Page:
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Proc Natl Acad Sci U S A. 2009 Dec 29;106(52):22257-62. doi: 10.1073/pnas.0909511106. Epub 2009 Dec 14.

Nucleosome positioning by genomic excluding-energy barriers.

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  • 1Universitè Claude Bernard Lyon 1, Université de Lyon, F-69000 Lyon, France.

Abstract

Recent genome-wide nucleosome mappings along with bioinformatics studies have confirmed that the DNA sequence plays a more important role in the collective organization of nucleosomes in vivo than previously thought. Yet in living cells, this organization also results from the action of various external factors like DNA-binding proteins and chromatin remodelers. To decipher the code for intrinsic chromatin organization, there is thus a need for in vitro experiments to bridge the gap between computational models of nucleosome sequence preferences and in vivo nucleosome occupancy data. Here we combine atomic force microscopy in liquid and theoretical modeling to demonstrate that a major sequence signaling in vivo are high-energy barriers that locally inhibit nucleosome formation rather than favorable positioning motifs. We show that these genomic excluding-energy barriers condition the collective assembly of neighboring nucleosomes consistently with equilibrium statistical ordering principles. The analysis of two gene promoter regions in Saccharomyces cerevisiae and the human genome indicates that these genomic barriers direct the intrinsic nucleosome occupancy of regulatory sites, thereby contributing to gene expression regulation.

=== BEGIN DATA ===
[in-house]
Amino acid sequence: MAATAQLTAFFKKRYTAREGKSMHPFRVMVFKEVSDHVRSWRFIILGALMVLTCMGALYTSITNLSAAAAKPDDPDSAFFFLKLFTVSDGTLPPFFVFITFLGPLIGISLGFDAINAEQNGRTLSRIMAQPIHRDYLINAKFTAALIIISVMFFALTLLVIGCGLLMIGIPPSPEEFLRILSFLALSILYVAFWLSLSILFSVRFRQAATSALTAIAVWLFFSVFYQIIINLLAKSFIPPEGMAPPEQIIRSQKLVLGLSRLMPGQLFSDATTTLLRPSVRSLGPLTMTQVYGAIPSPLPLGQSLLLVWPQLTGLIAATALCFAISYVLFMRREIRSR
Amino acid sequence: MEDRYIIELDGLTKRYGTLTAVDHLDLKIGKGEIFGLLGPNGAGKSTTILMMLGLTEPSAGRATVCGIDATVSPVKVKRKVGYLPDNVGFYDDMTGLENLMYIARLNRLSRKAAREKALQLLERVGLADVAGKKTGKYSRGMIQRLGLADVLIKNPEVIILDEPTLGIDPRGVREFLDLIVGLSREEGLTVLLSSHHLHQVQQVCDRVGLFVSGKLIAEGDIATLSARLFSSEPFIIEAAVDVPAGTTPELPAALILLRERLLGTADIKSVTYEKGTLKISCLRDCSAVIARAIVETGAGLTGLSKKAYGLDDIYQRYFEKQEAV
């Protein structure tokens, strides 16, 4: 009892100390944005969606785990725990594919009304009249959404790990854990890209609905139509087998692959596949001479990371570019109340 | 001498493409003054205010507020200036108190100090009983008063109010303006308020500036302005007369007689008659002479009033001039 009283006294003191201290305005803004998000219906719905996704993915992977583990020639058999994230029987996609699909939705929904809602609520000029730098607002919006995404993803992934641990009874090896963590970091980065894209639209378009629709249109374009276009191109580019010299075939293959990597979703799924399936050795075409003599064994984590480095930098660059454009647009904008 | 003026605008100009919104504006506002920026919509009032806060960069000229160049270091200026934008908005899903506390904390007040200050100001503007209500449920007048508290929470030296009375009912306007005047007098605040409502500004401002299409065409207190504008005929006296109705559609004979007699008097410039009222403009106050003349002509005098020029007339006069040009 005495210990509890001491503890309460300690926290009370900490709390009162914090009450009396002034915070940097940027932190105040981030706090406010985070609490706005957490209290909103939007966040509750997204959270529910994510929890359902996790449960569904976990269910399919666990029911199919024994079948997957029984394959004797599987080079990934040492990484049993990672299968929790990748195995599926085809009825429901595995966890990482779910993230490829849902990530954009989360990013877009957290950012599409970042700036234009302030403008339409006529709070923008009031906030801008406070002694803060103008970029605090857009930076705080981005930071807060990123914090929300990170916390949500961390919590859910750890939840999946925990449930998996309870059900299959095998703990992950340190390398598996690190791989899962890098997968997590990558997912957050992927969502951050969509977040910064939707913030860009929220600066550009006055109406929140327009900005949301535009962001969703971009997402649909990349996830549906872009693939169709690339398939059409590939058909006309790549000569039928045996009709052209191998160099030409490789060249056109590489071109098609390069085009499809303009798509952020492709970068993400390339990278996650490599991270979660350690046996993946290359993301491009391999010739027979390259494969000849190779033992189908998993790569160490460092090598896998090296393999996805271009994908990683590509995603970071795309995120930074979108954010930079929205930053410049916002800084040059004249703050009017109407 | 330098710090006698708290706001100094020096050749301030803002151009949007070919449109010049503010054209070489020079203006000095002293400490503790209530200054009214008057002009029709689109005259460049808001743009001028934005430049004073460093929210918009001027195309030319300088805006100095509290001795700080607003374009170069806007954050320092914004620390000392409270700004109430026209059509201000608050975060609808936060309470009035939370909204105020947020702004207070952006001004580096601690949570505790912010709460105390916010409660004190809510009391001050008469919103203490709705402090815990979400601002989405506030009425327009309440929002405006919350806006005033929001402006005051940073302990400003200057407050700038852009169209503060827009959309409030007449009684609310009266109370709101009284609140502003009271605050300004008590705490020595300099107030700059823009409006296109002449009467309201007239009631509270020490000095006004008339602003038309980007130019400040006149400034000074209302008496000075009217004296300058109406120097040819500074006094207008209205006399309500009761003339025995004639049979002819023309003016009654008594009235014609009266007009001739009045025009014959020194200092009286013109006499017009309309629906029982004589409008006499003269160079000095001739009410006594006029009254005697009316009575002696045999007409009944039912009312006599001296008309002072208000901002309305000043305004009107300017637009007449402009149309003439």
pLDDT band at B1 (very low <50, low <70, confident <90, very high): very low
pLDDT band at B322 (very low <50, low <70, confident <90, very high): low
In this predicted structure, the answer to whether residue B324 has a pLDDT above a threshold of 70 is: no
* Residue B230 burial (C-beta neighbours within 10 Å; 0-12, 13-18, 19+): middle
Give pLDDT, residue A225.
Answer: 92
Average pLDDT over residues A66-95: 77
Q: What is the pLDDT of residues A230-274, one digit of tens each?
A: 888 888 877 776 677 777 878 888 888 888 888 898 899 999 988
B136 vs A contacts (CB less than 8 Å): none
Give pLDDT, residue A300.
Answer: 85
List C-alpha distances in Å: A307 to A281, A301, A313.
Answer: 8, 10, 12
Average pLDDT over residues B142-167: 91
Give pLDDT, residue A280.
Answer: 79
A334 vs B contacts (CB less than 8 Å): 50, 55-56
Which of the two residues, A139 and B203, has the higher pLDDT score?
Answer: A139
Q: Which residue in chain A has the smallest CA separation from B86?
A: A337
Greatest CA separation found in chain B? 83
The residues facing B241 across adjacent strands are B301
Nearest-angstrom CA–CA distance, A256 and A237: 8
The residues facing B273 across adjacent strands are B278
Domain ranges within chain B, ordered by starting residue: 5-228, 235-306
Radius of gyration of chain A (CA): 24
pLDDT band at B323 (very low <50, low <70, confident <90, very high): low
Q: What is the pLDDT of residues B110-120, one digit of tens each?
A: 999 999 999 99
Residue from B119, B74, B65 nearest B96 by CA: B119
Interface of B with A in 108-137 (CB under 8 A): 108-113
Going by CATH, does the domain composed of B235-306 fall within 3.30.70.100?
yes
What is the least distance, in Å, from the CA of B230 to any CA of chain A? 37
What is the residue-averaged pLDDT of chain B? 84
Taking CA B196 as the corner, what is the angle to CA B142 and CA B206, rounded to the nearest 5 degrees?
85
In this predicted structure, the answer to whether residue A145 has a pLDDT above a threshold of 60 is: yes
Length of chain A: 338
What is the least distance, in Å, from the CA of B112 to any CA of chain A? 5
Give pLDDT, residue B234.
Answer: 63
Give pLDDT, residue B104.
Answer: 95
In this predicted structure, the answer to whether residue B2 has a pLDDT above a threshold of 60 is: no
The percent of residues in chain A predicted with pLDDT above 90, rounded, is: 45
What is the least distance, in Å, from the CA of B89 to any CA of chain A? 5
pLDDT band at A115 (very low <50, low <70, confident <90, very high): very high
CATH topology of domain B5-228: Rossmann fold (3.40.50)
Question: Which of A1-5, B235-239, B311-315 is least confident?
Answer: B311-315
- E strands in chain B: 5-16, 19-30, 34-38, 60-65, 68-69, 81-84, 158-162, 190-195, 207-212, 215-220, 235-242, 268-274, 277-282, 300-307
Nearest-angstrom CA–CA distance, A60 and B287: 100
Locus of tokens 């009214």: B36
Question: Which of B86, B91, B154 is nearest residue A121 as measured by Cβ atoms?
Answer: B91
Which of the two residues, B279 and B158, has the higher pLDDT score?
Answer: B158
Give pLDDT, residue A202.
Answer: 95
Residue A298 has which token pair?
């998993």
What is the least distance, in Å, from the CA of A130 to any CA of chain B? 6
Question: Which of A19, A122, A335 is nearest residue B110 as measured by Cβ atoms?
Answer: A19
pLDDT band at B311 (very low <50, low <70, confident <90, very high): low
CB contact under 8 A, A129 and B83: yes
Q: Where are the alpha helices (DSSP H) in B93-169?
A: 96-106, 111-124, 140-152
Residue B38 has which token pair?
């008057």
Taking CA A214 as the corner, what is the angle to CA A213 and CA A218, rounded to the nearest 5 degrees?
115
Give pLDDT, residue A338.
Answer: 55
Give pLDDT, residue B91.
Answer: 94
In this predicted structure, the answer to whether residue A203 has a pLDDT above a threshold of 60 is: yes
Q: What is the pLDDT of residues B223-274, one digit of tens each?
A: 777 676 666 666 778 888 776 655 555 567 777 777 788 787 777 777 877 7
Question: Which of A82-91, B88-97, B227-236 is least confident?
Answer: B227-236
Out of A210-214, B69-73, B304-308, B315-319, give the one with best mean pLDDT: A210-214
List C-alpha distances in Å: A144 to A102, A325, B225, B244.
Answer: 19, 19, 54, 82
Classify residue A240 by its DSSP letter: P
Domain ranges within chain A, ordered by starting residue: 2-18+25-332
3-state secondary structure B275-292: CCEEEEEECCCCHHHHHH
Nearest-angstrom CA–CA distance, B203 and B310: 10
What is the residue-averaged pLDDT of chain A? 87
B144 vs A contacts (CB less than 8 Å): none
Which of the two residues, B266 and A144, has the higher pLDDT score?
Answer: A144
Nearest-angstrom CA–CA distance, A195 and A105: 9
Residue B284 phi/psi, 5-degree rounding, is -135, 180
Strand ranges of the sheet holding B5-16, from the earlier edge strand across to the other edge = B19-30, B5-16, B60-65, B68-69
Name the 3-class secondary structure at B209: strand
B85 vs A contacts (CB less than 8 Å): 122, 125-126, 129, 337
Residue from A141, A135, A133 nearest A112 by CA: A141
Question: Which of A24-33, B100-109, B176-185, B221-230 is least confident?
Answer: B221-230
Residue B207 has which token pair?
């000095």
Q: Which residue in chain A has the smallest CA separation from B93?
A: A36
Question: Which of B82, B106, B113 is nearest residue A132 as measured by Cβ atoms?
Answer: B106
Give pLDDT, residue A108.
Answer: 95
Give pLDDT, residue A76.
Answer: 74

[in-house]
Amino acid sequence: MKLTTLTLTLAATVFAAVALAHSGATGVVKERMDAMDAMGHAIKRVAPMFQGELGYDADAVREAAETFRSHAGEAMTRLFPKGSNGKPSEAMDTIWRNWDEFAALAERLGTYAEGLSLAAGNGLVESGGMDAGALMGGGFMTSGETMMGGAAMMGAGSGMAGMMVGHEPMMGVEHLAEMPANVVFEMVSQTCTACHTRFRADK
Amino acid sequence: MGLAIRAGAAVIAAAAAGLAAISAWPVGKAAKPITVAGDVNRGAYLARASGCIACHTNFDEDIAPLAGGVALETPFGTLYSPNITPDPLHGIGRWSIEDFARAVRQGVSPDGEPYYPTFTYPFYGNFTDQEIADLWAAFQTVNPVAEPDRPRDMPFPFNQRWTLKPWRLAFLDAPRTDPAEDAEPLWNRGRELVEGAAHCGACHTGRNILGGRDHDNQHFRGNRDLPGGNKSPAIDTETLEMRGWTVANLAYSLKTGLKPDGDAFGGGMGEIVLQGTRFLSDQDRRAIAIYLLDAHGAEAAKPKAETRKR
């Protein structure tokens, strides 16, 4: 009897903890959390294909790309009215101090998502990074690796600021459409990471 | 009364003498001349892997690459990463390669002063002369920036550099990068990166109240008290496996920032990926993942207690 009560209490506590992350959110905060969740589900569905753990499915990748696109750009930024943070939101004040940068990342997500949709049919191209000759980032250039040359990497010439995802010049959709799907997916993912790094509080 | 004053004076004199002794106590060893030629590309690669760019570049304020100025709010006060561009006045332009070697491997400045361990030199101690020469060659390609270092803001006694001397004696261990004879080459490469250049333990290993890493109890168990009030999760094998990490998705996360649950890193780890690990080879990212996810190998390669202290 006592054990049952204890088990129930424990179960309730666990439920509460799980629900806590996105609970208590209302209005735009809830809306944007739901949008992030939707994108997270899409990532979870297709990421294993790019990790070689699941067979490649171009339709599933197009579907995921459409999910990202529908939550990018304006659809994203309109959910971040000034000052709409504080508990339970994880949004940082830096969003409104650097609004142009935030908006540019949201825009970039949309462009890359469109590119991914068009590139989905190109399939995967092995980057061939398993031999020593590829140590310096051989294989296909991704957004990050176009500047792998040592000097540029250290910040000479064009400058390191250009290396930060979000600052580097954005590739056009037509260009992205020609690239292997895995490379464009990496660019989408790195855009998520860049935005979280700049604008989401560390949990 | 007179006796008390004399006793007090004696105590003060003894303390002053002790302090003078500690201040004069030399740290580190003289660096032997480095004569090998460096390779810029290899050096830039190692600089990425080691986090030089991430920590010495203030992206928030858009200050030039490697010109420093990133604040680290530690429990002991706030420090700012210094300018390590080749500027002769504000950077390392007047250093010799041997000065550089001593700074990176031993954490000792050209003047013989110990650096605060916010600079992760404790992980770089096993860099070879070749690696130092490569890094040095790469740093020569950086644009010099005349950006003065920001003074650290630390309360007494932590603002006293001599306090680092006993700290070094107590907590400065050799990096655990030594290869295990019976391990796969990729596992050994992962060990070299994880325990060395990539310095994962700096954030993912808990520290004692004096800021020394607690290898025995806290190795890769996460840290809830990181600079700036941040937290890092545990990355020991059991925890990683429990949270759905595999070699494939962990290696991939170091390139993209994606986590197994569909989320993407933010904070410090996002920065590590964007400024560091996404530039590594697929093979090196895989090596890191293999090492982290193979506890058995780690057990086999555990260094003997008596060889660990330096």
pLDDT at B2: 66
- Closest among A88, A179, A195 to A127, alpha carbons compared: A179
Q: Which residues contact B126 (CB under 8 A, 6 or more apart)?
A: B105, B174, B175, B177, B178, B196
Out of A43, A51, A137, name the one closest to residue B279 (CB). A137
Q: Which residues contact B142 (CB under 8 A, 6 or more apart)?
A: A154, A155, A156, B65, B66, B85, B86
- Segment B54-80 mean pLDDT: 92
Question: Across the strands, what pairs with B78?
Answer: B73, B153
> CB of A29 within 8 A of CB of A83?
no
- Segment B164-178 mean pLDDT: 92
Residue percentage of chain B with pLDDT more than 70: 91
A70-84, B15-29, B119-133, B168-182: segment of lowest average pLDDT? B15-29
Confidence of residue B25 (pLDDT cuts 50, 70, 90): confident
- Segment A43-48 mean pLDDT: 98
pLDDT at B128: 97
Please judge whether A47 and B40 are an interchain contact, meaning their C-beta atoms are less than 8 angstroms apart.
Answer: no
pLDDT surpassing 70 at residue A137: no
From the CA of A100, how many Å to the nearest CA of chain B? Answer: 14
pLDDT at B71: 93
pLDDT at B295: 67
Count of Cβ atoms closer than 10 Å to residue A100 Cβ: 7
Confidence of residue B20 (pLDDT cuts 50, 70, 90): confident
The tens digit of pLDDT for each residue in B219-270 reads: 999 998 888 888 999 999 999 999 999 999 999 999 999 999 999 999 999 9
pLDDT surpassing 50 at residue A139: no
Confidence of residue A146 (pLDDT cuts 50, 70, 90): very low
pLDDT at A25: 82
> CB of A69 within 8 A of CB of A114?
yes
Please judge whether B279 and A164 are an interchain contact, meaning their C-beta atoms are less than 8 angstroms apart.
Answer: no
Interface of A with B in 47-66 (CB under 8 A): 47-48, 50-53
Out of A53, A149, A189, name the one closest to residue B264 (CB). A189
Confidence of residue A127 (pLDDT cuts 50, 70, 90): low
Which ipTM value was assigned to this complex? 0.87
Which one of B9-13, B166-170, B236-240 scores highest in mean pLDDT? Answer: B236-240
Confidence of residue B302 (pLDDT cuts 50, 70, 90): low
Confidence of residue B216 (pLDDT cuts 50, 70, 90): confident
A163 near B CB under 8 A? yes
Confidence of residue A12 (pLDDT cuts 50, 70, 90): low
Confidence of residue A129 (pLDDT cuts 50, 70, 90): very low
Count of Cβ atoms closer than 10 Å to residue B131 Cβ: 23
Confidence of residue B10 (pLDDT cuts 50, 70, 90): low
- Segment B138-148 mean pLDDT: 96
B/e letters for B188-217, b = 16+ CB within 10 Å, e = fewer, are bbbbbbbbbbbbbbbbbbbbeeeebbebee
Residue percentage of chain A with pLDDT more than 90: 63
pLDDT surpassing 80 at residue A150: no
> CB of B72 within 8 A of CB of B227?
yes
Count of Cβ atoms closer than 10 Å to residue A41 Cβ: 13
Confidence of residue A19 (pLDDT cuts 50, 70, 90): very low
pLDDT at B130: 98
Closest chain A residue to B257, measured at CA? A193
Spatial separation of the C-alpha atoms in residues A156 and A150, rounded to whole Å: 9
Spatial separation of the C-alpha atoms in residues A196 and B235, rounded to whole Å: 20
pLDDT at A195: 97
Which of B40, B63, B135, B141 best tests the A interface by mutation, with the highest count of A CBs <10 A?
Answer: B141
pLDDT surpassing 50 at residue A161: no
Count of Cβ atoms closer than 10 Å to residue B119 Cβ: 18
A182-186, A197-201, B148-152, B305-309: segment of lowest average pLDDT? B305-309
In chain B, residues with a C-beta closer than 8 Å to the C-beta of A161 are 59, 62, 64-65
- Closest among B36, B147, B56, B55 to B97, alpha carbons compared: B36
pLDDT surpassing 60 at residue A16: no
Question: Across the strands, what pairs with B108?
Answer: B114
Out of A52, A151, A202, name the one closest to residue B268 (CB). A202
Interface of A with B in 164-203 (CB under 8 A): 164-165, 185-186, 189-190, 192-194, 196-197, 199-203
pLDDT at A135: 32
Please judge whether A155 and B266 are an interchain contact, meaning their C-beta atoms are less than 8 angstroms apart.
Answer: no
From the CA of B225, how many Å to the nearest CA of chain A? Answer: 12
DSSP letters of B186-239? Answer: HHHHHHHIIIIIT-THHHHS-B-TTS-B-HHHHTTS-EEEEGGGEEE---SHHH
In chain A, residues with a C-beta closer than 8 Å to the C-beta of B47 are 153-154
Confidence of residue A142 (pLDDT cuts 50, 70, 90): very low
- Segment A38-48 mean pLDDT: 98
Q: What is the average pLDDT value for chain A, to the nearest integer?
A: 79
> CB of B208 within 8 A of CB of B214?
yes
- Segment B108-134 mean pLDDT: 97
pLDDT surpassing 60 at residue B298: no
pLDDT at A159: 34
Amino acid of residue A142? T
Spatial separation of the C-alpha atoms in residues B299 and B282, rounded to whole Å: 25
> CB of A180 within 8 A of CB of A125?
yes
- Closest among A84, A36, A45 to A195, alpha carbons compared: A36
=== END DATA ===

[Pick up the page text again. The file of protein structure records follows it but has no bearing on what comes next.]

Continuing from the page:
PMID:
20018700
[PubMed - indexed for MEDLINE]
PMCID:
PMC2799728
Free PMC Article

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